Following the U.K. election in early June, we discussed how the Labour Party manifesto had proven to be a springboard for public interest in Land Value Tax. Anti-LVT misinformation and encouraging support for such a policy filled column inches and websites in the weeks preceding what was an astonishing result for the party.
Beyond media coverage, though, interest in LVT skyrocketed in online searches. Google Trends recorded the highest interest in its recorded history for the period May 28 to June 3, most concentrated in the U.K. but visibly spilling across the Atlantic to the U.S.
Google’s ‘interest over time’ value for a particular term is relative to itself, with 100 denoting the highest volumes in the term’s history. The spike in interest around the time of the U.K. election was more than four times greater than at any other time in at least the past decade.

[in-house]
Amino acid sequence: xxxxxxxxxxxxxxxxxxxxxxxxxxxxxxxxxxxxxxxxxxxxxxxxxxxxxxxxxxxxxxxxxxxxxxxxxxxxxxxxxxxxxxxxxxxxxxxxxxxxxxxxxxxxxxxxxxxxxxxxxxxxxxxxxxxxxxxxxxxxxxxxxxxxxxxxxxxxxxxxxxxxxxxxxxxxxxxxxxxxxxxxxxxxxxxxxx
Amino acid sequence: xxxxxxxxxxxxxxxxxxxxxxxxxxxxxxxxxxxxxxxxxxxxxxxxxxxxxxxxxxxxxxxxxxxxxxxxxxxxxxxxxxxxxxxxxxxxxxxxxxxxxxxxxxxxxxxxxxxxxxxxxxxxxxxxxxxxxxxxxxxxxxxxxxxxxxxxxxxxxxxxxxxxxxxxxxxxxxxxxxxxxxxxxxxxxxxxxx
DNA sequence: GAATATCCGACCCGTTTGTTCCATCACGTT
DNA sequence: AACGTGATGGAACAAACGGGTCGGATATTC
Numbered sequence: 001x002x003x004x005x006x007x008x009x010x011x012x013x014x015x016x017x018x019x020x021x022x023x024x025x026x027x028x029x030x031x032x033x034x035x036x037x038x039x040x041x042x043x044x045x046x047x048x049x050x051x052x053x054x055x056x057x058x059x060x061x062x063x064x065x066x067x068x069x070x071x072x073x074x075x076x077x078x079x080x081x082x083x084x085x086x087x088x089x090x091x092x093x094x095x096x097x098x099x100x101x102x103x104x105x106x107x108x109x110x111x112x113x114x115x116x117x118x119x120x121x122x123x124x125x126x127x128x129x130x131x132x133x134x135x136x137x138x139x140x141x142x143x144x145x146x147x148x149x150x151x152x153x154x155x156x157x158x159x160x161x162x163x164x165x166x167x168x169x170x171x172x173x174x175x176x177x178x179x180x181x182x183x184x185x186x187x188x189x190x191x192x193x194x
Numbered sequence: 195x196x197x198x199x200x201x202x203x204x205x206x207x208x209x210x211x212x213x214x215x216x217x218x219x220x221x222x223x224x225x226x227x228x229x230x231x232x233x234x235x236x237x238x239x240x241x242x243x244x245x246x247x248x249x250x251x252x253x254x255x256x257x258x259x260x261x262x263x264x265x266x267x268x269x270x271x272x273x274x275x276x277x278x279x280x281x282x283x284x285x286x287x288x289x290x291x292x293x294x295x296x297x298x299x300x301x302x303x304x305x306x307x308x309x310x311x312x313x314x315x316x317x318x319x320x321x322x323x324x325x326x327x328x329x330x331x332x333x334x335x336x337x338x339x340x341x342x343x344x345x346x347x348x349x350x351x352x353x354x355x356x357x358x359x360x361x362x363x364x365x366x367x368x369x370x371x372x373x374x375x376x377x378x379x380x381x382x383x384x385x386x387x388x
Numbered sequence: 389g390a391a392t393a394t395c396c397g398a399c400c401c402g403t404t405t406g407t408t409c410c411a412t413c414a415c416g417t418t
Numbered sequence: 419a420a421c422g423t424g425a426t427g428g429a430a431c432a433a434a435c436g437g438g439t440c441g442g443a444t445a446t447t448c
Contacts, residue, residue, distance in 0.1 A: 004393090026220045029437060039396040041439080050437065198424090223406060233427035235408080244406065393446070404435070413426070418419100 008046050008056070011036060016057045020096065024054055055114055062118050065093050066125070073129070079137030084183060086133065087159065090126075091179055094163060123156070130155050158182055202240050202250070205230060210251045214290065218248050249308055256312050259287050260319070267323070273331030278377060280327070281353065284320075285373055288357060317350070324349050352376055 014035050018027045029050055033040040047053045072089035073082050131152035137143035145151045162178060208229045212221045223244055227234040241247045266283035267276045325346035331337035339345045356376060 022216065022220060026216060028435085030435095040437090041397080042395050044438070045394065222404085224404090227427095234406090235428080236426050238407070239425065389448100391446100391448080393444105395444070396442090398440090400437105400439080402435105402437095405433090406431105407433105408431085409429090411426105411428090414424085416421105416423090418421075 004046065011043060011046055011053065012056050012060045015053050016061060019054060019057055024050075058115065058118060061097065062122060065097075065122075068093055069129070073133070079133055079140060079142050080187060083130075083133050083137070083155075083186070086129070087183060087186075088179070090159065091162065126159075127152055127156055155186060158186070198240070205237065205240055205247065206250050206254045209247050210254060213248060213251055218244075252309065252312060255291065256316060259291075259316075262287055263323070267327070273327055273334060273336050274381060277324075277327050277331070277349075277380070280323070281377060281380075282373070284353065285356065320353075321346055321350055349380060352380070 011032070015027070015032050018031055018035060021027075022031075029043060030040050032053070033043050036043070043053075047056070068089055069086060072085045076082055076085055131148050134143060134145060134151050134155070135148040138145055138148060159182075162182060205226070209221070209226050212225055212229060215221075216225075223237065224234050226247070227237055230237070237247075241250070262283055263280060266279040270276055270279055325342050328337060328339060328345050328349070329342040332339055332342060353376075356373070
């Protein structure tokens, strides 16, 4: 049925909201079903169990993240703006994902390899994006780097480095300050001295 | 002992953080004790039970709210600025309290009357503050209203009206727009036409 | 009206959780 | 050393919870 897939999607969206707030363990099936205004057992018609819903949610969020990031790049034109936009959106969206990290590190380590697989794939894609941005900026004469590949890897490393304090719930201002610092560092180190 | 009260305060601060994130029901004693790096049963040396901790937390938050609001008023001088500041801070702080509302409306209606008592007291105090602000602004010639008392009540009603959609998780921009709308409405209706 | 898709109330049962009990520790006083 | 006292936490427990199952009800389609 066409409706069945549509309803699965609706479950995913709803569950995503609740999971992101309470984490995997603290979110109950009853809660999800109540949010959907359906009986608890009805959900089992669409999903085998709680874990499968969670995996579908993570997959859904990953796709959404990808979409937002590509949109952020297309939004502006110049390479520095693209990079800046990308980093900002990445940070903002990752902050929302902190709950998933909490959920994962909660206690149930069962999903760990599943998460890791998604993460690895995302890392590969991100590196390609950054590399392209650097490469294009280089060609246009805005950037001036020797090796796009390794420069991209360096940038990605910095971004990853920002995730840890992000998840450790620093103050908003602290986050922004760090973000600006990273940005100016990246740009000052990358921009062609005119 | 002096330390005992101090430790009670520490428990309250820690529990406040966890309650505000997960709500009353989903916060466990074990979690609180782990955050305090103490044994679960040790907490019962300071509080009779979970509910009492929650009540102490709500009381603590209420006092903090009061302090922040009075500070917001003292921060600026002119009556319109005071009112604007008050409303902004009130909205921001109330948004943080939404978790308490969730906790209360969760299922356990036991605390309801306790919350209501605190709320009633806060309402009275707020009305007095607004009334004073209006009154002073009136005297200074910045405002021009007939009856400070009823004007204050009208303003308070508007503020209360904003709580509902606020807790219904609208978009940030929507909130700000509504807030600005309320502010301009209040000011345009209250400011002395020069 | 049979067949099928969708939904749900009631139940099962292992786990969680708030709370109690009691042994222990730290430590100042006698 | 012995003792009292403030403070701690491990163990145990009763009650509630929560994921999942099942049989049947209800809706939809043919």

It’s reasonable to conclude that the election was solely responsible for the jump, and this is corroborated by comparing the trend with searches for ‘garden tax’. This was the pejorative name given to LVT by many tabloid publications, based on the misconception that homeowners with gardens would be charged exorbitant tax bills. Take a look at the correlation below:
Irrespective of the bias in media coverage, any increase of this magnitude in independent searches is a victory for proponents of a Land Value Tax. It’s up to us to capitalize on public interest at times like this and make sure that information and discussion online are productive and accessible. We are always on the lookout for interesting trends, and anyone can analyze and compare Google trends using this tool. Let us know if you find anything noteworthy!